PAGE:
Notice: Users may be experiencing issues with displaying some pages on stanfordhealthcare.org. We are working closely with our technical teams to resolve the issue as quickly as possible. Thank you for your patience.
Treating chronic pain can be challenging. And it may take several types or combinations of treatments before you find relief. The goals of treatment are to reduce your pain and help you be able to function.
It's important to build a clear treatment plan with your doctor. Part of this plan includes finding ways for you to manage your pain. Only you know how bad your pain is and how it affects your life. Be sure to ask your doctor if you aren't clear about what steps you can take when pain occurs or gets worse.
Be sure to seek treatment if your pain lasts longer than 2 to 3 months. Early treatment may prevent the pain from getting worse.
You may be able to control your pain at home by using pain relievers. These include over-the-counter pain medicines such as acetaminophen, aspirin, or ibuprofen.
Practicing healthy habits, such as exercising and getting enough sleep, may help your pain. You can also try to improve your coping skills and reduce stress.
When home treatment isn't enough, other treatments may be needed. They include:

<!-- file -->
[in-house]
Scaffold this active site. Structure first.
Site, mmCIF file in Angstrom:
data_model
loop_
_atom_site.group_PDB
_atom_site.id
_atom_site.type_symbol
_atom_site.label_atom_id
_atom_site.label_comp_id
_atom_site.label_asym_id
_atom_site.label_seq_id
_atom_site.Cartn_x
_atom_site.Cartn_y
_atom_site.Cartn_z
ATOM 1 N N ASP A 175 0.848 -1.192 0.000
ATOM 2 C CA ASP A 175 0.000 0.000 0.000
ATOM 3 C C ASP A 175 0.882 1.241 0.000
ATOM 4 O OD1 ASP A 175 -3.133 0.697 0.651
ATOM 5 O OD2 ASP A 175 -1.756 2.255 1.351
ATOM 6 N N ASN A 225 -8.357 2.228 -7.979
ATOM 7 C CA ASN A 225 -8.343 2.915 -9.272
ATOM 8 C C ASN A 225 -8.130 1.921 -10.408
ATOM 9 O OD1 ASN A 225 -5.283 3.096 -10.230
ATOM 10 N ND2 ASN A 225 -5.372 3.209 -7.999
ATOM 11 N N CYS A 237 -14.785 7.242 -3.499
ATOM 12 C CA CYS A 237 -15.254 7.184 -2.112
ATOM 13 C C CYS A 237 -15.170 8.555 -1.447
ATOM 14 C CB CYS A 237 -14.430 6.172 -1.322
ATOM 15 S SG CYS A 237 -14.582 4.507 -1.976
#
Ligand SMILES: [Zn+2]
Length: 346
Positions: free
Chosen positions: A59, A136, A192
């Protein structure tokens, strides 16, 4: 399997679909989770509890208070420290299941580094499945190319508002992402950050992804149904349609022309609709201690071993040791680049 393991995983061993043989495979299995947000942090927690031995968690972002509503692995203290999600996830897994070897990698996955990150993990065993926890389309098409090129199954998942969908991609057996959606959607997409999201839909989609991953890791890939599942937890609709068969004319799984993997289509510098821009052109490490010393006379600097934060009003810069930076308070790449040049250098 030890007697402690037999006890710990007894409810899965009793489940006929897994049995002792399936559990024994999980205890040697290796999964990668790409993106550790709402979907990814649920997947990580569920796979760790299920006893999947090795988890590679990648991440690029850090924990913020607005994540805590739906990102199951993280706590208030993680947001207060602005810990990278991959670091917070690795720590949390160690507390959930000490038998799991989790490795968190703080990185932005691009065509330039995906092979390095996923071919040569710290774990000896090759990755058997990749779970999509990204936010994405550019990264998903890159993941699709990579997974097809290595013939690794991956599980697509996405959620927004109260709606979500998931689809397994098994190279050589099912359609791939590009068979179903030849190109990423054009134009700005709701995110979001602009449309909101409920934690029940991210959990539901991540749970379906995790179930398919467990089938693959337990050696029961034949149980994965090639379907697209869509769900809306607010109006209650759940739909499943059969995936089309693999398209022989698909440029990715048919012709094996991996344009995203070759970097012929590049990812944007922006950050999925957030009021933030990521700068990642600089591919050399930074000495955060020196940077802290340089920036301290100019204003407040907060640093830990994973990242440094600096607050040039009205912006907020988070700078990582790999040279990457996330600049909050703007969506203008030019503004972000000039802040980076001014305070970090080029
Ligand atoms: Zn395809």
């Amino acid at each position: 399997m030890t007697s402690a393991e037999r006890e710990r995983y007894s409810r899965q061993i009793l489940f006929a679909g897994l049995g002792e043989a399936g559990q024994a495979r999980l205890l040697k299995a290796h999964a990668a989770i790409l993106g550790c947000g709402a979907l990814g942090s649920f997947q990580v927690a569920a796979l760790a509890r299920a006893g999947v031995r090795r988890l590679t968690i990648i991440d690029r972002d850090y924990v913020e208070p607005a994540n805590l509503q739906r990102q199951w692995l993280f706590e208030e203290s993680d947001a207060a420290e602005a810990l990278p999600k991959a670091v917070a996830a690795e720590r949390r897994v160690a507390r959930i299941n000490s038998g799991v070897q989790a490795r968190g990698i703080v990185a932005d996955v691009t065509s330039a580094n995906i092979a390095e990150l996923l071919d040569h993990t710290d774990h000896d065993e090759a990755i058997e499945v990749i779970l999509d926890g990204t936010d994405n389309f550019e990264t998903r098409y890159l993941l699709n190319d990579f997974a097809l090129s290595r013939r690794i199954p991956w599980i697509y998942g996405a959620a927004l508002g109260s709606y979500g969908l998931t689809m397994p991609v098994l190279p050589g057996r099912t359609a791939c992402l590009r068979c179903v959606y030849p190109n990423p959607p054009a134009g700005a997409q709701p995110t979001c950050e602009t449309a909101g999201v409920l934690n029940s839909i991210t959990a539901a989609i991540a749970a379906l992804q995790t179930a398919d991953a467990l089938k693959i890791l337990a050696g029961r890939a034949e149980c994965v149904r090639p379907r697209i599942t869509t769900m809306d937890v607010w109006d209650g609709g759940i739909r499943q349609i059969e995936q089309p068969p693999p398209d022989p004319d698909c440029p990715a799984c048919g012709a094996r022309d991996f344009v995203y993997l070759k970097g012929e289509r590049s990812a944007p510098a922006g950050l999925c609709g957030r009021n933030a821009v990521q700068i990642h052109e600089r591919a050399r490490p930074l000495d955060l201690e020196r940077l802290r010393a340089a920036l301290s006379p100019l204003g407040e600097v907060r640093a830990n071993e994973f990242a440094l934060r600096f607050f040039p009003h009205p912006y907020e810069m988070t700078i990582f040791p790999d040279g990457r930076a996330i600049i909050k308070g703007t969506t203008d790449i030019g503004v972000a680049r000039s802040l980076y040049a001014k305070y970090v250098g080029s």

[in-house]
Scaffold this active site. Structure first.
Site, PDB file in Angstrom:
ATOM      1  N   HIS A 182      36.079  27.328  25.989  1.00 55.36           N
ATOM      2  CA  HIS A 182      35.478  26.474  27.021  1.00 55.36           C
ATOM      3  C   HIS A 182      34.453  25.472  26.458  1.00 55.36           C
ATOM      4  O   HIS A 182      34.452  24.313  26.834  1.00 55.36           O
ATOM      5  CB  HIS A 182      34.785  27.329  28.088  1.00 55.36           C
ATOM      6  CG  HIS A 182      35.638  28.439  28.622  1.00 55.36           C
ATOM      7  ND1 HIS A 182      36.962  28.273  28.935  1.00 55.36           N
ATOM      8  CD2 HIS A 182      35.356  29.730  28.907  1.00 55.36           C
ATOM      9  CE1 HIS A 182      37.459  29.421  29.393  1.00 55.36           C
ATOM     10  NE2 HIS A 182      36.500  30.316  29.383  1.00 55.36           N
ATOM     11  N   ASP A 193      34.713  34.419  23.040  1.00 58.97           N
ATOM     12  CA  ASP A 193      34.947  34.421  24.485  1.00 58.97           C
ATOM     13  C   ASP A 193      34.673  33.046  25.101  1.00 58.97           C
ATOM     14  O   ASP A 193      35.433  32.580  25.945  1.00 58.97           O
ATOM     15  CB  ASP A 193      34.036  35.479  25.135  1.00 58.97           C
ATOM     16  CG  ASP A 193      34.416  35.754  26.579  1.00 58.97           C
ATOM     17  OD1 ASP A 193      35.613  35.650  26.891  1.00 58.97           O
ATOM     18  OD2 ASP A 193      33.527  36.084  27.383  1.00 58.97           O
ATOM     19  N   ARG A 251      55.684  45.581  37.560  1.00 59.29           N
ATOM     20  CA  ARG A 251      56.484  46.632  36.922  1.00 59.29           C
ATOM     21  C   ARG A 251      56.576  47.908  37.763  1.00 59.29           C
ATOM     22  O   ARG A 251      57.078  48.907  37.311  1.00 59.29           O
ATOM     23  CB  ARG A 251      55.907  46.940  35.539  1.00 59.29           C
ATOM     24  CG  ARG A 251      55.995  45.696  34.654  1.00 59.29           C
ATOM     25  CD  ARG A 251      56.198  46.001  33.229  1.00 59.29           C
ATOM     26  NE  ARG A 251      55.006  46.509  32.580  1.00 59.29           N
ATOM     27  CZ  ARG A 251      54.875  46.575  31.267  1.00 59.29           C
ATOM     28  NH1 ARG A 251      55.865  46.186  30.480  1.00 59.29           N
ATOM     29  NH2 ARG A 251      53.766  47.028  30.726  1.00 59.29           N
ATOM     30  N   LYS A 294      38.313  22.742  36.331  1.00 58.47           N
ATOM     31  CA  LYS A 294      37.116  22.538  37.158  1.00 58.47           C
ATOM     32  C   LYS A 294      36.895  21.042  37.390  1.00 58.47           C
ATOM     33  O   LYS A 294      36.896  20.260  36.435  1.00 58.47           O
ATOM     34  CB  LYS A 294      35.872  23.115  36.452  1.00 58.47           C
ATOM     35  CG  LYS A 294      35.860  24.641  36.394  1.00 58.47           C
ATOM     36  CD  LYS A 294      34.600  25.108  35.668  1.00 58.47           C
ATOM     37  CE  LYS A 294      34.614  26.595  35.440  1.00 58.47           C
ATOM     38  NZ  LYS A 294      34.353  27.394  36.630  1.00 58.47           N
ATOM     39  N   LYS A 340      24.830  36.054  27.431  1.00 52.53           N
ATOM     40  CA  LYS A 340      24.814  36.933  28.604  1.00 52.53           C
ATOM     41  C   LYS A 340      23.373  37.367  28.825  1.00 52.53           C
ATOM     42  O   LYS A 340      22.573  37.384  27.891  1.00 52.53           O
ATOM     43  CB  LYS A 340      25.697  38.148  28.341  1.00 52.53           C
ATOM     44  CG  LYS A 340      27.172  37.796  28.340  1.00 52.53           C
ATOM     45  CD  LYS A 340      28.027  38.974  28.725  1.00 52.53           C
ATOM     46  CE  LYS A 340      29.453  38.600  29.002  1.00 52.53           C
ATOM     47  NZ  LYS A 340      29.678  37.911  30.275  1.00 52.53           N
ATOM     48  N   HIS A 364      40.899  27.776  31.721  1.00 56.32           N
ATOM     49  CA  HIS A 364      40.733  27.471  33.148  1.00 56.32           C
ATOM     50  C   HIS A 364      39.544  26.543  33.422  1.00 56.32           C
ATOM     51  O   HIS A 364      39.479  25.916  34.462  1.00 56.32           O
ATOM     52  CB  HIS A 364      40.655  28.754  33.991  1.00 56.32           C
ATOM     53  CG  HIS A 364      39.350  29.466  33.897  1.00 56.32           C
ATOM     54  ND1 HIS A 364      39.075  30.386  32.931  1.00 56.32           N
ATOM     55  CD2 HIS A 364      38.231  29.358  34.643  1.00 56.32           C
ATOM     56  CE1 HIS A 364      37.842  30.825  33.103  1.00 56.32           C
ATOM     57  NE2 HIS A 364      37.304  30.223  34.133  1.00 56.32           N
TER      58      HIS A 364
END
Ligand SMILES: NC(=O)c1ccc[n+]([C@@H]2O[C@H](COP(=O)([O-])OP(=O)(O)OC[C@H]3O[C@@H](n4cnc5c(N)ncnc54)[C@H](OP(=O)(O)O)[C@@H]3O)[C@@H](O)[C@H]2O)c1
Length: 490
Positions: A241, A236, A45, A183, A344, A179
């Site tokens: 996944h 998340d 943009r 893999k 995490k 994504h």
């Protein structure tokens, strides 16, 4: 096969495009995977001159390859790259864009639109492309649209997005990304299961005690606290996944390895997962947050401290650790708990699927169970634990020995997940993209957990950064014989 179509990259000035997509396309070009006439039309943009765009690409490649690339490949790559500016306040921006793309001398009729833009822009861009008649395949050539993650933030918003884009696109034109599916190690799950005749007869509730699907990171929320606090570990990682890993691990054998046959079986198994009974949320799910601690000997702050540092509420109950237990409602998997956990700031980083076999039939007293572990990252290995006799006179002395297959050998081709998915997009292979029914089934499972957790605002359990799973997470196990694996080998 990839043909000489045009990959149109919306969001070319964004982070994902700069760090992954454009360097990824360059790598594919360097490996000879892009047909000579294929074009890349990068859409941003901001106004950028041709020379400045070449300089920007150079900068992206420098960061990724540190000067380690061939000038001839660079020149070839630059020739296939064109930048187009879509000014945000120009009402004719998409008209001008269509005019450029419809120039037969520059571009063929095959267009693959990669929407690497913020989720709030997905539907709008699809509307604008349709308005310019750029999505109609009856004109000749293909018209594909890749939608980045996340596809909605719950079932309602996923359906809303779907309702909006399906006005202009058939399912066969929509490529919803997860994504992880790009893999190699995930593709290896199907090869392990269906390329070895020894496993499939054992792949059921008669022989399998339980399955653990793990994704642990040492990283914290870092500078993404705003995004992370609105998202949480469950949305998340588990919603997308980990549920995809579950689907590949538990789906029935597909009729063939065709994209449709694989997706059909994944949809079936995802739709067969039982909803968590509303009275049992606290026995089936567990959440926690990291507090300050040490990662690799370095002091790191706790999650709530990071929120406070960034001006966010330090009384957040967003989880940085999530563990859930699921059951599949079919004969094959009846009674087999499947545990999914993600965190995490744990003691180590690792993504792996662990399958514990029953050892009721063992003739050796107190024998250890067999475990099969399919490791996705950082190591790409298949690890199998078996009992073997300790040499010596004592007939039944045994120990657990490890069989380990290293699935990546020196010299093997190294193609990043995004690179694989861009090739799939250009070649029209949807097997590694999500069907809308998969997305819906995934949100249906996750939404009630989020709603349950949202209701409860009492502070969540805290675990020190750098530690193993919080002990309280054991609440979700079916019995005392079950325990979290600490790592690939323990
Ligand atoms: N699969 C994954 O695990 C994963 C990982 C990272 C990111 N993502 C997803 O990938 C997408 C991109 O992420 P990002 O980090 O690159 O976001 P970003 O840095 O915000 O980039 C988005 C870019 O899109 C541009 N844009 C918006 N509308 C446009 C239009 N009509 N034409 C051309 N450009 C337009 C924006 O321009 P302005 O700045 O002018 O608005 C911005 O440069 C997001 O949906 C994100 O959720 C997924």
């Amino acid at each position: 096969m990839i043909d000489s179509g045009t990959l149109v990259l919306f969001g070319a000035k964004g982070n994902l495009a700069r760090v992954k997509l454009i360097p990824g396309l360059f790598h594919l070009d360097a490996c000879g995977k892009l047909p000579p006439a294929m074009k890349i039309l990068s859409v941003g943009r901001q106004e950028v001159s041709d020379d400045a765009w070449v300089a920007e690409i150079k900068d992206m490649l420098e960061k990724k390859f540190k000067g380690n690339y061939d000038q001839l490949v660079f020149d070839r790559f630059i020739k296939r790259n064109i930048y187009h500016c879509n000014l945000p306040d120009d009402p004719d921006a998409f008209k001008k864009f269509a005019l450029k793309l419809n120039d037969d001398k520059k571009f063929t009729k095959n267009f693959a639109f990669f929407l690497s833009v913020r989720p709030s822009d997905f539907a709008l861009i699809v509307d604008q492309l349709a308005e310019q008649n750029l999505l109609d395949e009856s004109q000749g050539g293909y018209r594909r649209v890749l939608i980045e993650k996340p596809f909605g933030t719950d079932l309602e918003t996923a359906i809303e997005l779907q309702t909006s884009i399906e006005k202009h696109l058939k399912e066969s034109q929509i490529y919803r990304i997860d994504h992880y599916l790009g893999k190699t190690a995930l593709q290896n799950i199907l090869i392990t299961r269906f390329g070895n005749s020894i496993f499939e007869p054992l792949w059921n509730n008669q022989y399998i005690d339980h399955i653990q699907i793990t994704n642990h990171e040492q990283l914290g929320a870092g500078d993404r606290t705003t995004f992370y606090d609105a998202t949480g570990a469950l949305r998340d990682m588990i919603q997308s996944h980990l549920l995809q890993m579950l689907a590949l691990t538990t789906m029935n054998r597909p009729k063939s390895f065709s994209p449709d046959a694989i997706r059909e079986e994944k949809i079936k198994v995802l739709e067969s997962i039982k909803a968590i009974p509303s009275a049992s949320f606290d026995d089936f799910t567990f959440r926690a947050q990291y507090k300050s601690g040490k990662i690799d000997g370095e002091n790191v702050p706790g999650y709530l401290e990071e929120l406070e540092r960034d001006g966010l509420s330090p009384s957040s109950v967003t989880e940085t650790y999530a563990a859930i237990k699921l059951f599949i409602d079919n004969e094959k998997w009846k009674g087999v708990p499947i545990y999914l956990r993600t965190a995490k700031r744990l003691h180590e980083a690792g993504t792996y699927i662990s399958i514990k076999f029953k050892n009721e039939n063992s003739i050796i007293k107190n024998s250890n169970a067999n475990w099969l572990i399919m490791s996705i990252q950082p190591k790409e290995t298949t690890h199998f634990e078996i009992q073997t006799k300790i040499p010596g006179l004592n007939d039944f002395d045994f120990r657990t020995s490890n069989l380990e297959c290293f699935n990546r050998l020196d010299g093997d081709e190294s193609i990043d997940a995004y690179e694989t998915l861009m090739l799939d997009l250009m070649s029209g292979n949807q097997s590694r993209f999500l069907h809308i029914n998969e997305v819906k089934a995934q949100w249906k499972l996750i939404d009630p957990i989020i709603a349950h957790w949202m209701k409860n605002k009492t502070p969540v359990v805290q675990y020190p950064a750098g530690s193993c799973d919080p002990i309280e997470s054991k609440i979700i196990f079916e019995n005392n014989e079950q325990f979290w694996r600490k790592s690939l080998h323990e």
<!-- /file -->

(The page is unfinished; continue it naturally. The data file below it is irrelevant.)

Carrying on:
Pain medicines or medicines to treat problems that are linked to chronic pain.
Treatments such as counseling, physical therapy, and complementary therapies.
Surgery, such as intrathecal drug delivery and spinal cord stimulation.
If your chronic pain isn't relieved after you have tried numerous treatments, you may want to think about going to a pain management clinic. Treatment is provided by a team of doctors who work together to address all the things that may cause your chronic pain.
Clinical trials are research studies that evaluate a new medical approach, device, drug, or other treatment. As a Stanford Health Care patient, you may have access to the latest, advanced clinical trials.
Open trials refer to studies currently accepting participants. Closed trials are not currently enrolling, but may open in the future.